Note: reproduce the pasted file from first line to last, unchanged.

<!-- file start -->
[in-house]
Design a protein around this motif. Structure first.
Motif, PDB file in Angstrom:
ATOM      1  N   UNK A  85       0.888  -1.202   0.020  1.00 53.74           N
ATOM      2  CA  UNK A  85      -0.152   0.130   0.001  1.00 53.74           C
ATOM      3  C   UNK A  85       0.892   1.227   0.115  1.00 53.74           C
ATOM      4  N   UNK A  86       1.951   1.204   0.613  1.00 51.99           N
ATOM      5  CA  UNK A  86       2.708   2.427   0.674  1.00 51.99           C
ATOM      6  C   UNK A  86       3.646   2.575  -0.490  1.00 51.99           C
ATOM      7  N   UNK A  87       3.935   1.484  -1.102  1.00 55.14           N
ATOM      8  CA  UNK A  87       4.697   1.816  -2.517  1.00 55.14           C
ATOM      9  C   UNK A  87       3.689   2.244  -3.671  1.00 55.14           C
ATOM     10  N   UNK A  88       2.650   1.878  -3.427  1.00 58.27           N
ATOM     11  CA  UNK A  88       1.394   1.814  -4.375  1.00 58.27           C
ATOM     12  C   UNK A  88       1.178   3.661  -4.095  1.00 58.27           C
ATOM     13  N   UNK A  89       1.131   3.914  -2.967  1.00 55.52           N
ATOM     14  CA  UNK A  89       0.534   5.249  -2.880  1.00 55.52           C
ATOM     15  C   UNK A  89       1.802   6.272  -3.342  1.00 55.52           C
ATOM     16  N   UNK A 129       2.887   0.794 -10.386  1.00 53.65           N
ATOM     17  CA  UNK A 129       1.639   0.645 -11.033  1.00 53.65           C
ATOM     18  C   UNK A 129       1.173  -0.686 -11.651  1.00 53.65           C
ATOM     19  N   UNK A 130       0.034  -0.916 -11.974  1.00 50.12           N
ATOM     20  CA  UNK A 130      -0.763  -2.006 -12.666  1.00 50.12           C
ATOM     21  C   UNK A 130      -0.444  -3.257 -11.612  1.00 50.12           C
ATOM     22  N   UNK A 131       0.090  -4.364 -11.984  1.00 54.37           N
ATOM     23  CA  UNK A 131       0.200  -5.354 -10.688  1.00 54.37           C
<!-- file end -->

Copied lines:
[in-house]
Design a protein around this motif. Structure first.
Motif, PDB file in Angstrom:
ATOM      1  N   UNK A  85       0.888  -1.202   0.020  1.00 53.74           N
ATOM      2  CA  UNK A  85      -0.152   0.130   0.001  1.00 53.74           C
ATOM      3  C   UNK A  85       0.892   1.227   0.115  1.00 53.74           C
ATOM      4  N   UNK A  86       1.951   1.204   0.613  1.00 51.99           N
ATOM      5  CA  UNK A  86       2.708   2.427   0.674  1.00 51.99           C
ATOM      6  C   UNK A  86       3.646   2.575  -0.490  1.00 51.99           C
ATOM      7  N   UNK A  87       3.935   1.484  -1.102  1.00 55.14           N
ATOM      8  CA  UNK A  87       4.697   1.816  -2.517  1.00 55.14           C
ATOM      9  C   UNK A  87       3.689   2.244  -3.671  1.00 55.14           C
ATOM     10  N   UNK A  88       2.650   1.878  -3.427  1.00 58.27           N
ATOM     11  CA  UNK A  88       1.394   1.814  -4.375  1.00 58.27           C
ATOM     12  C   UNK A  88       1.178   3.661  -4.095  1.00 58.27           C
ATOM     13  N   UNK A  89       1.131   3.914  -2.967  1.00 55.52           N
ATOM     14  CA  UNK A  89       0.534   5.249  -2.880  1.00 55.52           C
ATOM     15  C   UNK A  89       1.802   6.272  -3.342  1.00 55.52           C
ATOM     16  N   UNK A 129       2.887   0.794 -10.386  1.00 53.65           N
ATOM     17  CA  UNK A 129       1.639   0.645 -11.033  1.00 53.65           C
ATOM     18  C   UNK A 129       1.173  -0.686 -11.651  1.00 53.65           C
ATOM     19  N   UNK A 130       0.034  -0.916 -11.974  1.00 50.12           N
ATOM     20  CA  UNK A 130      -0.763  -2.006 -12.666  1.00 50.12           C
ATOM     21  C   UNK A 130      -0.444  -3.257 -11.612  1.00 50.12           C
ATOM     22  N   UNK A 131       0.090  -4.364 -11.984  1.00 54.37           N
ATOM     23  CA  UNK A 131       0.200  -5.354 -10.688  1.00 54.37           C